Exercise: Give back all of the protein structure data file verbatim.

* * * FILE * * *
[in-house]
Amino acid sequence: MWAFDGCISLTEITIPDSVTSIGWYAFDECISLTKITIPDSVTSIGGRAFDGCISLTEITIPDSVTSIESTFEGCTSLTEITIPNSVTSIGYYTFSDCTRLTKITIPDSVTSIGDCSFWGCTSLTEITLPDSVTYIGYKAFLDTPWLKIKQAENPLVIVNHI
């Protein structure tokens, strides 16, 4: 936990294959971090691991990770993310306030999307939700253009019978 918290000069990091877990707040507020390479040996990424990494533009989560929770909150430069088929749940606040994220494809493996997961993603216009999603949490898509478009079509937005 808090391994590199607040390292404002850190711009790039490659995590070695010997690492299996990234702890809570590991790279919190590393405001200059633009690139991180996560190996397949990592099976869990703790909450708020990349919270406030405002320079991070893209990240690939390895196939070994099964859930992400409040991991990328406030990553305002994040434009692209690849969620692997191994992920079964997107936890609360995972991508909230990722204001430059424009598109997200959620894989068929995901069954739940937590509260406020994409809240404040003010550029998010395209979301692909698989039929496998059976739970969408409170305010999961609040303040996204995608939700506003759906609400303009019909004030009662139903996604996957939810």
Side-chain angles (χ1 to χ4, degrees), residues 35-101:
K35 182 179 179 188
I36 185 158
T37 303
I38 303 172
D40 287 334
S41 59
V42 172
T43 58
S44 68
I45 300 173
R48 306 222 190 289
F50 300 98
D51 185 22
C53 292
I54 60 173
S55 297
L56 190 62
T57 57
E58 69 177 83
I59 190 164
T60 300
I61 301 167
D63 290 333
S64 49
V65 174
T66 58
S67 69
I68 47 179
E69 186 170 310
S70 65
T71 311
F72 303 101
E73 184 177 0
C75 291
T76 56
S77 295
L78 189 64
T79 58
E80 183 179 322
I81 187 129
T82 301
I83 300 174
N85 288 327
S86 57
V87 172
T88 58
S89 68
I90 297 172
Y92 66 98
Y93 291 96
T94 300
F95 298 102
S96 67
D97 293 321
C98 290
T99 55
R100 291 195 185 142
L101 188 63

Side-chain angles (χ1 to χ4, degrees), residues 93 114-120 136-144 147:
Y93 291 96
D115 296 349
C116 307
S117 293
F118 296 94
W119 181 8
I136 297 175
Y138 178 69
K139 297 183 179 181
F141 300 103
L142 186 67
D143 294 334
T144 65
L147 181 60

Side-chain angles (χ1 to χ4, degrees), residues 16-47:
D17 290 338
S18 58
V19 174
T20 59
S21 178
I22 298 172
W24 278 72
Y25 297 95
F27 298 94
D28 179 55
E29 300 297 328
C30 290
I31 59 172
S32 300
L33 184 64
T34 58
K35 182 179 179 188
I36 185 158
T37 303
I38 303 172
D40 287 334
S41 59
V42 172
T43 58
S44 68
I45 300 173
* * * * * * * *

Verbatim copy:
[in-house]
Amino acid sequence: MWAFDGCISLTEITIPDSVTSIGWYAFDECISLTKITIPDSVTSIGGRAFDGCISLTEITIPDSVTSIESTFEGCTSLTEITIPNSVTSIGYYTFSDCTRLTKITIPDSVTSIGDCSFWGCTSLTEITLPDSVTYIGYKAFLDTPWLKIKQAENPLVIVNHI
């Protein structure tokens, strides 16, 4: 936990294959971090691991990770993310306030999307939700253009019978 918290000069990091877990707040507020390479040996990424990494533009989560929770909150430069088929749940606040994220494809493996997961993603216009999603949490898509478009079509937005 808090391994590199607040390292404002850190711009790039490659995590070695010997690492299996990234702890809570590991790279919190590393405001200059633009690139991180996560190996397949990592099976869990703790909450708020990349919270406030405002320079991070893209990240690939390895196939070994099964859930992400409040991991990328406030990553305002994040434009692209690849969620692997191994992920079964997107936890609360995972991508909230990722204001430059424009598109997200959620894989068929995901069954739940937590509260406020994409809240404040003010550029998010395209979301692909698989039929496998059976739970969408409170305010999961609040303040996204995608939700506003759906609400303009019909004030009662139903996604996957939810």
Side-chain angles (χ1 to χ4, degrees), residues 35-101:
K35 182 179 179 188
I36 185 158
T37 303
I38 303 172
D40 287 334
S41 59
V42 172
T43 58
S44 68
I45 300 173
R48 306 222 190 289
F50 300 98
D51 185 22
C53 292
I54 60 173
S55 297
L56 190 62
T57 57
E58 69 177 83
I59 190 164
T60 300
I61 301 167
D63 290 333
S64 49
V65 174
T66 58
S67 69
I68 47 179
E69 186 170 310
S70 65
T71 311
F72 303 101
E73 184 177 0
C75 291
T76 56
S77 295
L78 189 64
T79 58
E80 183 179 322
I81 187 129
T82 301
I83 300 174
N85 288 327
S86 57
V87 172
T88 58
S89 68
I90 297 172
Y92 66 98
Y93 291 96
T94 300
F95 298 102
S96 67
D97 293 321
C98 290
T99 55
R100 291 195 185 142
L101 188 63

Side-chain angles (χ1 to χ4, degrees), residues 93 114-120 136-144 147:
Y93 291 96
D115 296 349
C116 307
S117 293
F118 296 94
W119 181 8
I136 297 175
Y138 178 69
K139 297 183 179 181
F141 300 103
L142 186 67
D143 294 334
T144 65
L147 181 60

Side-chain angles (χ1 to χ4, degrees), residues 16-47:
D17 290 338
S18 58
V19 174
T20 59
S21 178
I22 298 172
W24 278 72
Y25 297 95
F27 298 94
D28 179 55
E29 300 297 328
C30 290
I31 59 172
S32 300
L33 184 64
T34 58
K35 182 179 179 188
I36 185 158
T37 303
I38 303 172
D40 287 334
S41 59
V42 172
T43 58
S44 68
I45 300 173